Longtime Panthers track coach ready to step aside, again

Over the last three decades Don Finneran has been the face of the Spring Lake Park track program.

The window from his guidance counseling office overlooks the track lining Panthers Stadium and he’s developed quite the reputation for what assistant coach Greg Kugler calls the “Finny Whistle.”

Don Finneran retired from coaching the Spring Lake Park boys’ and girls’ track team earlier in November after joining the program as an assistant coach in 1980-81.
Don Finneran retired from coaching the Spring Lake Park boys’ and girls’ track team earlier in November after joining the program as an assistant coach in 1980-81. Photo by Jason Olson

“All you have to do is listen for that famous whistle and know exactly where he is on the track at any time,” Kugler said.

But for the first time in 39 years next year, he will not head outside on an early spring afternoon to guide eager students ready to start a new track and field season.

“I love being around the kids, I’m going to miss that. Just being around the sport on a day-to-day basis” Finneran, 67, said after growing up in Indiana and coaching for six seasons in Illinois before heading to Spring Lake Park in 1980 under head coach Dave Anney, who most recently was a principal at Minnetonka High School.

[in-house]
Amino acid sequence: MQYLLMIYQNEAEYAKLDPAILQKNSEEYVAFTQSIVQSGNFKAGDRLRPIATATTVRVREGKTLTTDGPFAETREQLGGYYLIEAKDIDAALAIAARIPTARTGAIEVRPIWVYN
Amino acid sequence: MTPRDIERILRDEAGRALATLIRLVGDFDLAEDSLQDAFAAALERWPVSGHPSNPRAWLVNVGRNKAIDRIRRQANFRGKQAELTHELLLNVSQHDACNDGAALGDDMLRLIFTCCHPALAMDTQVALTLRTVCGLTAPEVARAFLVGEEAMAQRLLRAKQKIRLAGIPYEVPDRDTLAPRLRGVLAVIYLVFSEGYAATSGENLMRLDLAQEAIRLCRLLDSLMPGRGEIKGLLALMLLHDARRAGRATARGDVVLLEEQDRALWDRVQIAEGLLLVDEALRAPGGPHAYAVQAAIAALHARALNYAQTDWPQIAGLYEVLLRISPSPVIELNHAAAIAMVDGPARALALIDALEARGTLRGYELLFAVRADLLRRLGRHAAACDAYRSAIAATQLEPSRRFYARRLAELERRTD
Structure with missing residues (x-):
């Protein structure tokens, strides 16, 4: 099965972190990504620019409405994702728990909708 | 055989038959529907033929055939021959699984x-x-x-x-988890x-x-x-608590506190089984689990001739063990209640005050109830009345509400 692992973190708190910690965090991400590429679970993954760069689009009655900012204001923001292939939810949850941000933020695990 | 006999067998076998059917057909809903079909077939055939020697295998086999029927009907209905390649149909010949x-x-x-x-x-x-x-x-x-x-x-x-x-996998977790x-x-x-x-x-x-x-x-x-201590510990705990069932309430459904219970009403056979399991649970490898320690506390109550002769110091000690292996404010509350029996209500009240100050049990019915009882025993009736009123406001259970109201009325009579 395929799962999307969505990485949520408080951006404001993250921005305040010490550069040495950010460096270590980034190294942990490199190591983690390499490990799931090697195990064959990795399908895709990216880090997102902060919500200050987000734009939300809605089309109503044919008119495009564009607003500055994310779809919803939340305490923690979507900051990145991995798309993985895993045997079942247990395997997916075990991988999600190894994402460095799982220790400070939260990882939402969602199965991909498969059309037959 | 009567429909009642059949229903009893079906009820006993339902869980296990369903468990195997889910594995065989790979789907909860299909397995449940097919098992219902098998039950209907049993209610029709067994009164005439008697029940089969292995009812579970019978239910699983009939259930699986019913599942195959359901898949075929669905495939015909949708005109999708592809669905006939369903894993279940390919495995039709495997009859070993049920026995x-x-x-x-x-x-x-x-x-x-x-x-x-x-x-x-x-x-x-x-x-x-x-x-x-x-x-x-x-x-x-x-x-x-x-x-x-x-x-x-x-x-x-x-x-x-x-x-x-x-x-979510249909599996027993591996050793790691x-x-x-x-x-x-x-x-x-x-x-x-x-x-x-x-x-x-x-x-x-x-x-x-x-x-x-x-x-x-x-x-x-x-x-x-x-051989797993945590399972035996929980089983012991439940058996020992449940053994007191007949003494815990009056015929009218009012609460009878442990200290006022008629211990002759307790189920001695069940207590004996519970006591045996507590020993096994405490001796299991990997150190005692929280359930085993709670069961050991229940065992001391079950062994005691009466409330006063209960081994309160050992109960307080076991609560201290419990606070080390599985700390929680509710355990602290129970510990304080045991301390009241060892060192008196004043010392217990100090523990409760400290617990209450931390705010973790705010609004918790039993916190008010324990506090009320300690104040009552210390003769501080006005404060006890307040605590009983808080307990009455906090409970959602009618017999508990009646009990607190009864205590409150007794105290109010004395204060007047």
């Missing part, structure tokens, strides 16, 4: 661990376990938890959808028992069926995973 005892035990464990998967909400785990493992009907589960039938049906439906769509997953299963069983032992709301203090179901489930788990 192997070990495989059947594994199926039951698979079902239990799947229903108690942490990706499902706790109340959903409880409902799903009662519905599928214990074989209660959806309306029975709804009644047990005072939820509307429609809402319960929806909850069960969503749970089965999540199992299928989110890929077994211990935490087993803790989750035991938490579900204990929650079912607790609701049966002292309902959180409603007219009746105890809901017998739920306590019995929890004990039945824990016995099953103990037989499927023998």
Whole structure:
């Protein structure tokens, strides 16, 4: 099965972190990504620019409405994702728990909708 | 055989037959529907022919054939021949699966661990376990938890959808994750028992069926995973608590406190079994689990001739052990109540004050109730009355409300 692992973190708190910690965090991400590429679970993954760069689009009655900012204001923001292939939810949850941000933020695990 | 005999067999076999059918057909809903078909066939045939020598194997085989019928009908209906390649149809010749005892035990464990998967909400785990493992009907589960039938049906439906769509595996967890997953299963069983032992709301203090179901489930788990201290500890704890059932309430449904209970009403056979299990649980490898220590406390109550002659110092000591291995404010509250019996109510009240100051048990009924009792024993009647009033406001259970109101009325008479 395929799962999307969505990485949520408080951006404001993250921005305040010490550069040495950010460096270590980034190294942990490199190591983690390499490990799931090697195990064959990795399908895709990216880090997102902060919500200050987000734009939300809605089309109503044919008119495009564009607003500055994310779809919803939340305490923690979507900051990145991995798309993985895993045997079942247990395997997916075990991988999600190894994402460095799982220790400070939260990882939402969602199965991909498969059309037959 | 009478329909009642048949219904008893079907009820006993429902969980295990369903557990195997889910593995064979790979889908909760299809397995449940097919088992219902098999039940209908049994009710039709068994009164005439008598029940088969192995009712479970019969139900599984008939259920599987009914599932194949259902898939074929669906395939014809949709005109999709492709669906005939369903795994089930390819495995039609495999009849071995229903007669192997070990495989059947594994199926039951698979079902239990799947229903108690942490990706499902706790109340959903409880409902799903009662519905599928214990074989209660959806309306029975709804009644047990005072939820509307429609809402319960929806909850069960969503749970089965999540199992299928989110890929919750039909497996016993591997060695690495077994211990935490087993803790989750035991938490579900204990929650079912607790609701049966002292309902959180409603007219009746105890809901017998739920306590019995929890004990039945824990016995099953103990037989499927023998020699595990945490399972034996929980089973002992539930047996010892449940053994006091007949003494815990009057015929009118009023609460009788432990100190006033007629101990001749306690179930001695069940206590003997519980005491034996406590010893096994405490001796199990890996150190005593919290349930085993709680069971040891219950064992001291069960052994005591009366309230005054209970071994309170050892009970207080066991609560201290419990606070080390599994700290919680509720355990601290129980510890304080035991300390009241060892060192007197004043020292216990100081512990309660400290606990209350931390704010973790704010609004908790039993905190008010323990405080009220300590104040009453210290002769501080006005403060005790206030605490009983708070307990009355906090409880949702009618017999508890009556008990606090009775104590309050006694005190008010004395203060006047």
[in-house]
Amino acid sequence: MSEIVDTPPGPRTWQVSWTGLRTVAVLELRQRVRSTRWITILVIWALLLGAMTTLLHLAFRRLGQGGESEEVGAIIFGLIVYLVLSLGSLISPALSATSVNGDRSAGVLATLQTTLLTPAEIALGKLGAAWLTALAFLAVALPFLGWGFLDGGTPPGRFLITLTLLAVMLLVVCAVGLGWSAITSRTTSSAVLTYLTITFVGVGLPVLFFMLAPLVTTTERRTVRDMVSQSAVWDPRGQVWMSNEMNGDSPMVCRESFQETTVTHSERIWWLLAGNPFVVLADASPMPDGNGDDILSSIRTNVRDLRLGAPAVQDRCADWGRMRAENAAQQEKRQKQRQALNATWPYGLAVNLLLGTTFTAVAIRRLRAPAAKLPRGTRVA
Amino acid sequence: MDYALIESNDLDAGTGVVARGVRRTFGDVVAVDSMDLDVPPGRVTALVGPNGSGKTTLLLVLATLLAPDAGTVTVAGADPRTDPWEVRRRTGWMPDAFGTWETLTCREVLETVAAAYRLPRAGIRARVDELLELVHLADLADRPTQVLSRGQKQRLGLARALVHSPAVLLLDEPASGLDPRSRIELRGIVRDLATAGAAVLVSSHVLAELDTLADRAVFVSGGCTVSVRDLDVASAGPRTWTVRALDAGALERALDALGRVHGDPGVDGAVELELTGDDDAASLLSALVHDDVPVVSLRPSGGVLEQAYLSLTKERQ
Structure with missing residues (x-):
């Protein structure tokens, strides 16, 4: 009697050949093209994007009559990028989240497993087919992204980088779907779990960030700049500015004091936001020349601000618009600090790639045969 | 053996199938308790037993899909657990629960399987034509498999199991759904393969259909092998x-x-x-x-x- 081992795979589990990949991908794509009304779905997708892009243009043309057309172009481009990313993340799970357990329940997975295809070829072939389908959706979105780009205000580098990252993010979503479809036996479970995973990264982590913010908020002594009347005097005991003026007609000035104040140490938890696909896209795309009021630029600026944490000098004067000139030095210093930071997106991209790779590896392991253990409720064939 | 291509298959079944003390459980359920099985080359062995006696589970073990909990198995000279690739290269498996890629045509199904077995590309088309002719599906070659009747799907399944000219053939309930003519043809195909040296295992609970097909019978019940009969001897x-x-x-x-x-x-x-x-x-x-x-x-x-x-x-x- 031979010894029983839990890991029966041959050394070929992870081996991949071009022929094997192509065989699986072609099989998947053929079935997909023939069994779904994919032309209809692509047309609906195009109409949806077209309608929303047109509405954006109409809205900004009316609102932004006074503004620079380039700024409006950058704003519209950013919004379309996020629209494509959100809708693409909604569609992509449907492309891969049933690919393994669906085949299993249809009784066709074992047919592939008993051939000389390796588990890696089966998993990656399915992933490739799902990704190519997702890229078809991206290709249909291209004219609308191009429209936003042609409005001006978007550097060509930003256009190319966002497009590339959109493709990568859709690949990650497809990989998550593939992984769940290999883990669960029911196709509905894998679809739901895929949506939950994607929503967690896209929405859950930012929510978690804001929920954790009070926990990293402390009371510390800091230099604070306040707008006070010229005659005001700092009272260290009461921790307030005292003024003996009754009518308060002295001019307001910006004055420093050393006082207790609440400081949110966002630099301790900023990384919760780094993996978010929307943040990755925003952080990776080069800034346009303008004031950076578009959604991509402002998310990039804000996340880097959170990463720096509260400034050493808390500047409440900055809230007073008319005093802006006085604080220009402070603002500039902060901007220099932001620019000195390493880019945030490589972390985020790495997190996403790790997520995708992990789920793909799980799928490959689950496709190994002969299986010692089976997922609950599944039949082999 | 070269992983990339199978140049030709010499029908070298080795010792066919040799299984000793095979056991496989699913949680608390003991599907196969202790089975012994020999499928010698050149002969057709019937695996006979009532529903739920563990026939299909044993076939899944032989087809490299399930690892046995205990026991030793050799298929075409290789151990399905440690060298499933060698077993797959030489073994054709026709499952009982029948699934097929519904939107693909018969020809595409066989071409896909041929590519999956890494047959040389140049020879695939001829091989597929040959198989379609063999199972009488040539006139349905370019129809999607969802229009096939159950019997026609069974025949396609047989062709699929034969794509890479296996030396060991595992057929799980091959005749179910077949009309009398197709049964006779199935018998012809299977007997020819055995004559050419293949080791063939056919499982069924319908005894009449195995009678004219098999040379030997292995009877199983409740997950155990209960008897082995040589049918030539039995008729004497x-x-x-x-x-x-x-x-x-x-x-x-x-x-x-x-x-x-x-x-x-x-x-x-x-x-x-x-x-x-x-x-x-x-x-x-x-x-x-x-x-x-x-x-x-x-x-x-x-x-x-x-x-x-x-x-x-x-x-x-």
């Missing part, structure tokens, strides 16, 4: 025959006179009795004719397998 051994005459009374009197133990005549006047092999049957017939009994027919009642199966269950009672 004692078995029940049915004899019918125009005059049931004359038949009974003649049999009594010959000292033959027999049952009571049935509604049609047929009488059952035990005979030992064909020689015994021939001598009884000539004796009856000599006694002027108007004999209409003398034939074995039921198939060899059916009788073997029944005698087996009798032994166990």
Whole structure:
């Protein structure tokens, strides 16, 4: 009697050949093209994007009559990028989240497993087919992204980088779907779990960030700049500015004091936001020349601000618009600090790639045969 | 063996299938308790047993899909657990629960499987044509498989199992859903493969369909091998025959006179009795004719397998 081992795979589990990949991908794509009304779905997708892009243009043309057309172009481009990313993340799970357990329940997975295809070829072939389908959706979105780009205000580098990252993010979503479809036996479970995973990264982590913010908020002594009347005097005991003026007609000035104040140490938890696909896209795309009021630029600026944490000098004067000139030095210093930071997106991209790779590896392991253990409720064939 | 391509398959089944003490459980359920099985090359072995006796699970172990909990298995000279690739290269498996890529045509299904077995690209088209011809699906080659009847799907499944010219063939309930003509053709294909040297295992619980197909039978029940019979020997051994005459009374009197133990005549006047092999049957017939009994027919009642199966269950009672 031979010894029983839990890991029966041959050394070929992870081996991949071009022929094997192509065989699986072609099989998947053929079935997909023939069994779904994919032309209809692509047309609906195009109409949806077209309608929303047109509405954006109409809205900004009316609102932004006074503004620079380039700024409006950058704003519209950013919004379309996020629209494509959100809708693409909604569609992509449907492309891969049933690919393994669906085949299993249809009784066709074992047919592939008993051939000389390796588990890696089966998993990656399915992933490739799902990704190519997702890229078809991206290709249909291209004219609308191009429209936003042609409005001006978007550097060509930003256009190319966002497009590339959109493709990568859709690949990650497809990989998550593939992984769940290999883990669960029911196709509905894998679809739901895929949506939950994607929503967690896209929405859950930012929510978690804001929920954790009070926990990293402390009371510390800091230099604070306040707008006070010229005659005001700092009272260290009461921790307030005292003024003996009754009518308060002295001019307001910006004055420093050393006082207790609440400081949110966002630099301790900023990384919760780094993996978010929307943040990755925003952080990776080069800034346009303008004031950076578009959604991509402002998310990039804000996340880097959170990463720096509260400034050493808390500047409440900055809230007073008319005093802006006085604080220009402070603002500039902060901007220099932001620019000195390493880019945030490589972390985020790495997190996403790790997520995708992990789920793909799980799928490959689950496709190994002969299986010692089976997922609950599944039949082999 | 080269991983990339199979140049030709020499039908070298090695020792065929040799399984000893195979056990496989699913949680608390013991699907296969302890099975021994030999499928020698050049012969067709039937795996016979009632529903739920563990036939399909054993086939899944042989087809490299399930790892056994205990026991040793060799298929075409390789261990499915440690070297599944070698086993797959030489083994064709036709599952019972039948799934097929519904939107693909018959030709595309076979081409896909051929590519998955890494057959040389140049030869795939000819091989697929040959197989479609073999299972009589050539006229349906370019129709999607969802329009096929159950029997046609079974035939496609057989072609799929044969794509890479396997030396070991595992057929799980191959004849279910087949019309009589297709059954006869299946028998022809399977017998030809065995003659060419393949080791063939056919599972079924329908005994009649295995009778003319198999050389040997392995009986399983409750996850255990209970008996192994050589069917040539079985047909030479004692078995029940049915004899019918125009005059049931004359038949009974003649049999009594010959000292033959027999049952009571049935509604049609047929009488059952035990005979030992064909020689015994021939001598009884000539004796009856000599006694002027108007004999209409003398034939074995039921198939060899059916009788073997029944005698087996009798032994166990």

Finneran is also a guidance counselor at the school, retired from coaching and was prepared to leave counseling after walking with the class of 2011. At Spring Lake Park, counselors guide entire classes.

Activities Director Matt St. Martin asked Finneran to reconsider coaching again after his successor left for another position before the 2011. He gladly returned.

Although his second letter of resignation was significantly shorter, it wasn’t any easier. “It came with mixed feelings,” Finneran said, correcting himself from referring to the Panthers track team as ‘we’ instead of ‘they.’

He’s spent lots of time coaching students in his office and counseling others on the track over the years.

Finneran pointed to his high school track coach, “Coach Barkus,” for igniting the passion in him. “He was my role model and he connected with his kids and that’s what I hoped I would be able to do,” Finneran said,

Finneran likes to deflect the spotlight, reserving it for the students or coaches he’s helped.

“For me it’s not always about the wins and losses,” he said. “Are you a better person for having done this and have you gained something that helps you be successful [in life].”